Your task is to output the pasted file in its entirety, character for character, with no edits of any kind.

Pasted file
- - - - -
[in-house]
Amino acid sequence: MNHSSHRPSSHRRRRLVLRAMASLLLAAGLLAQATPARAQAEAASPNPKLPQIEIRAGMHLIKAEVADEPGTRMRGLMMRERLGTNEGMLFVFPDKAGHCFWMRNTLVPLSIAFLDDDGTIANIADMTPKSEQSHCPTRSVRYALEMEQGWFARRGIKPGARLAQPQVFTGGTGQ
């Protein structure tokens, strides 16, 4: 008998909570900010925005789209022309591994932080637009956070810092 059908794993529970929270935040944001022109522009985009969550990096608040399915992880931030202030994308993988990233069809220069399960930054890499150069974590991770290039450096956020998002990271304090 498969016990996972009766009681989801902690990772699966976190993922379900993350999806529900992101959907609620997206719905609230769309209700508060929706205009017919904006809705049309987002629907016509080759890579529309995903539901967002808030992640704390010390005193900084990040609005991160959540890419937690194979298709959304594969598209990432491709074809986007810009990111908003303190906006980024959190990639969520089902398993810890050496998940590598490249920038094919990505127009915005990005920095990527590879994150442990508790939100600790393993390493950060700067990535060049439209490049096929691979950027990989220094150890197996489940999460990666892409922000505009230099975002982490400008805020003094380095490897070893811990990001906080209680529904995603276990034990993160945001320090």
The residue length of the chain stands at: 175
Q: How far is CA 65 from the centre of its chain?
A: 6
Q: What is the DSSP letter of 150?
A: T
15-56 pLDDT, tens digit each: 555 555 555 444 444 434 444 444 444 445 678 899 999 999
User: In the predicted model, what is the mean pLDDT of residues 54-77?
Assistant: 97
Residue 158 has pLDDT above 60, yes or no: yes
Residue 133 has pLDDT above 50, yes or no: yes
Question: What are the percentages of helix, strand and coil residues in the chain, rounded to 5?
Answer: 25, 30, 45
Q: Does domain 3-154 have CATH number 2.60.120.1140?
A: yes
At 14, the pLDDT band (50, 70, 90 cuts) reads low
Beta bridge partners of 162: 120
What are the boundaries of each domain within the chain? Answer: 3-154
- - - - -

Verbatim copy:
[in-house]
Amino acid sequence: MNHSSHRPSSHRRRRLVLRAMASLLLAAGLLAQATPARAQAEAASPNPKLPQIEIRAGMHLIKAEVADEPGTRMRGLMMRERLGTNEGMLFVFPDKAGHCFWMRNTLVPLSIAFLDDDGTIANIADMTPKSEQSHCPTRSVRYALEMEQGWFARRGIKPGARLAQPQVFTGGTGQ
């Protein structure tokens, strides 16, 4: 008998909570900010925005789209022309591994932080637009956070810092 059908794993529970929270935040944001022109522009985009969550990096608040399915992880931030202030994308993988990233069809220069399960930054890499150069974590991770290039450096956020998002990271304090 498969016990996972009766009681989801902690990772699966976190993922379900993350999806529900992101959907609620997206719905609230769309209700508060929706205009017919904006809705049309987002629907016509080759890579529309995903539901967002808030992640704390010390005193900084990040609005991160959540890419937690194979298709959304594969598209990432491709074809986007810009990111908003303190906006980024959190990639969520089902398993810890050496998940590598490249920038094919990505127009915005990005920095990527590879994150442990508790939100600790393993390493950060700067990535060049439209490049096929691979950027990989220094150890197996489940999460990666892409922000505009230099975002982490400008805020003094380095490897070893811990990001906080209680529904995603276990034990993160945001320090």
The residue length of the chain stands at: 175
Q: How far is CA 65 from the centre of its chain?
A: 6
Q: What is the DSSP letter of 150?
A: T
15-56 pLDDT, tens digit each: 555 555 555 444 444 434 444 444 444 445 678 899 999 999
User: In the predicted model, what is the mean pLDDT of residues 54-77?
Assistant: 97
Residue 158 has pLDDT above 60, yes or no: yes
Residue 133 has pLDDT above 50, yes or no: yes
Question: What are the percentages of helix, strand and coil residues in the chain, rounded to 5?
Answer: 25, 30, 45
Q: Does domain 3-154 have CATH number 2.60.120.1140?
A: yes
At 14, the pLDDT band (50, 70, 90 cuts) reads low
Beta bridge partners of 162: 120
What are the boundaries of each domain within the chain? Answer: 3-154